A Midsummer To Do

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 1649 reviews
Peggy Canale
Sep 27, 2022
 by Peggy Canale on Drama Notebook


19+characters. Approximately 45 minutes running time. A fresh and fun take on A Midsummer Night’s Dream. Weaves Shakespeare’s language with modern scenes. (10 credits)

This adaptation of A Midsummer Night’s Dream takes place in a school drama club and features many of the original scenes from Shakespeare’s comedy. With less than a week left until opening night, the drama teacher has left the student director, Quince, in charge of rehearsal that day, with a list of scenes to review. Quince finds it challenging to run rehearsals when the two leads playing Titania and Oberon are not speaking, and the actor playing Bottom wants to play all the roles. Thankfully, Quince is supported by Moth, a self-assigned dramaturg who has an impressive understanding of theatre in the Elizabethan time period.

Excerpt from the Play:

At Rise: Students are gathering in the theatre to rehearse Shakespeare’s comedy, A Midsummer Night’s Dream. Their drama teacher is absent and has left the student director, Quince, to run the rehearsal. Some of the actors have technical jobs and can be tending to those as they enter. For instance, they might be sorting things on a costume rack or organizing the prop table.

Hey everyone! Listen up!

(In a side conversation with Titania as they enter) I don’t know why you’re so mad at me.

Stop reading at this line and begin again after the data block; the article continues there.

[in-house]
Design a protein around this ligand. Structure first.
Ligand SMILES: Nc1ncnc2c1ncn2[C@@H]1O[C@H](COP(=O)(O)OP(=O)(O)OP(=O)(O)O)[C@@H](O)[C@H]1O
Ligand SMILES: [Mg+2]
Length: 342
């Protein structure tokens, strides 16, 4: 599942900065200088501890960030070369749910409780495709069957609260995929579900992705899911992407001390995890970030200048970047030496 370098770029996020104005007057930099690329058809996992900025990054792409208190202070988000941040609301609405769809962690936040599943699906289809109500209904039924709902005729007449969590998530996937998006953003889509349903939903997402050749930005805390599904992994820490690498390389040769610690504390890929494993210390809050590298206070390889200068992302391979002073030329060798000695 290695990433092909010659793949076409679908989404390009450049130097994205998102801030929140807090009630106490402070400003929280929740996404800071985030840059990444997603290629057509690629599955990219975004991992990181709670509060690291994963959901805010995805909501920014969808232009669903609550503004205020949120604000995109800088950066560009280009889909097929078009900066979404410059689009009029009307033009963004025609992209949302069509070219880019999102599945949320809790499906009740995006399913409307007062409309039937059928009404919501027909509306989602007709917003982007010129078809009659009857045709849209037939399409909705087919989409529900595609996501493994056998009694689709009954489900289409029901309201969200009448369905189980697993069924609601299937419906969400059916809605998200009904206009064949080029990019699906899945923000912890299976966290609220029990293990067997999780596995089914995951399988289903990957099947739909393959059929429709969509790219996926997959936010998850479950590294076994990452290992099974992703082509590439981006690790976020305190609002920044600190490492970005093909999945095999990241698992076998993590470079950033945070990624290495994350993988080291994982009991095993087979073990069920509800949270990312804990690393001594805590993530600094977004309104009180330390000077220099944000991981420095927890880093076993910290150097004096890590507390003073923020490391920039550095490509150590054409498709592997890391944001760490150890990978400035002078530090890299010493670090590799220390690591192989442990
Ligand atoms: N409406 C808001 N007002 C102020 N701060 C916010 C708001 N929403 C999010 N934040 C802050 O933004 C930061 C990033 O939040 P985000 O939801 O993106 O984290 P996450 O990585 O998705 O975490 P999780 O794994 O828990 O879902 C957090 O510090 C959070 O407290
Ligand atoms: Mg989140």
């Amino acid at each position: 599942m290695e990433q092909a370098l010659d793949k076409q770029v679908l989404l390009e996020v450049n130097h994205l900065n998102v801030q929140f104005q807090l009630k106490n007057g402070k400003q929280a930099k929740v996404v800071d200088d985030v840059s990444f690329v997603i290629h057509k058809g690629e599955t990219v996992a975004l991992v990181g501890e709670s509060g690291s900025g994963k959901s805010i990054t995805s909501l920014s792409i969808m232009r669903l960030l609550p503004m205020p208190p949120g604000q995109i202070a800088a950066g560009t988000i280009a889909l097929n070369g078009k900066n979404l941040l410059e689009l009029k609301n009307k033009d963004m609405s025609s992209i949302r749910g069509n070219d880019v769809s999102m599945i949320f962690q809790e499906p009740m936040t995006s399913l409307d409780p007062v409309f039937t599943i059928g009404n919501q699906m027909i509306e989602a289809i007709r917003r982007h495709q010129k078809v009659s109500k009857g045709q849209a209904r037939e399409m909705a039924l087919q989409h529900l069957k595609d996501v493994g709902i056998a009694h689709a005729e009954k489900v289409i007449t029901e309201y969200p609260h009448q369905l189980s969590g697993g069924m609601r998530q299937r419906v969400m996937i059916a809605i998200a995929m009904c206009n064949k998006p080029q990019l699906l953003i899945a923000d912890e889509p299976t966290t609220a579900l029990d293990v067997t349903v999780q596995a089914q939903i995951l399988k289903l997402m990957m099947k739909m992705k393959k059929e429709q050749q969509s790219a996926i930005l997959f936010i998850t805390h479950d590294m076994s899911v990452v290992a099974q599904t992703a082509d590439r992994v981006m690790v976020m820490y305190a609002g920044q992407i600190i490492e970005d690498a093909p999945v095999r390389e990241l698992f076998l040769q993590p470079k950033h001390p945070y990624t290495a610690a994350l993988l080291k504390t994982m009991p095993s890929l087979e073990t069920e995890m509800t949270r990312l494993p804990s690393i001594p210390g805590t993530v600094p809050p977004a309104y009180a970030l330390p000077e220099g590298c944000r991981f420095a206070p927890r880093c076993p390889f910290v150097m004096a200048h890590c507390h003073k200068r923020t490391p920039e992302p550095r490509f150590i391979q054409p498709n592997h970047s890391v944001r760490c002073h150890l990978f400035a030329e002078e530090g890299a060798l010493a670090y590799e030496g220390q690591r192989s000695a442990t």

Maybe you should take some time and think about it. (Her group of friends giggle.)

(Trying all the attention grabbers.) Listen up, everybody! Hello!

(In a side conversation while entering with Helena.) I told him I don’t like him, but he keeps texting me.

Must be rough. I wish I had your problem.

Is all our company here?

‘You know who’ isn’t here.


He’s so funny.

Such a trickster.

(Puck comes flying in late as usual.)

I’m here! I’m here! Look, how I’m here!

PEOPLE! I have an announcement to make, people!!!

There’s no need to shout. (Looking around) Where’s Ms. M?

That’s what I’ve been trying to say. Ms. M can’t make rehearsal because__________ (the cast can come up with a funny reason).

*Reactions depending on the reason.

You know, I’d be happy to step in. I have some experience acting for the stage.

Thanks, but since I’m the student director, she asked me to do it. It’s kind of my job.

Got it. Cool! Just let me know if you need me. This isn’t my first time being in a play you know.

Good to know. Thanks.

I’m sure you all must remember when I was Max in Where the Wild Things Are. (big dramatic voice) “And he roared his terrible roar, and gnashed his terrible teeth!”

YES! (Others are impressed, adlib, applaud) Yes. We remember. So, Ms. M left us with a worklist of scenes that need to be reviewed. Let me take attendance. Everyone, please gather in your character groups. (Directing them into 3 groups) Athenian nobles and teenagers over here. Fairy world, stand here. And Mechanicals, the workers, stand there.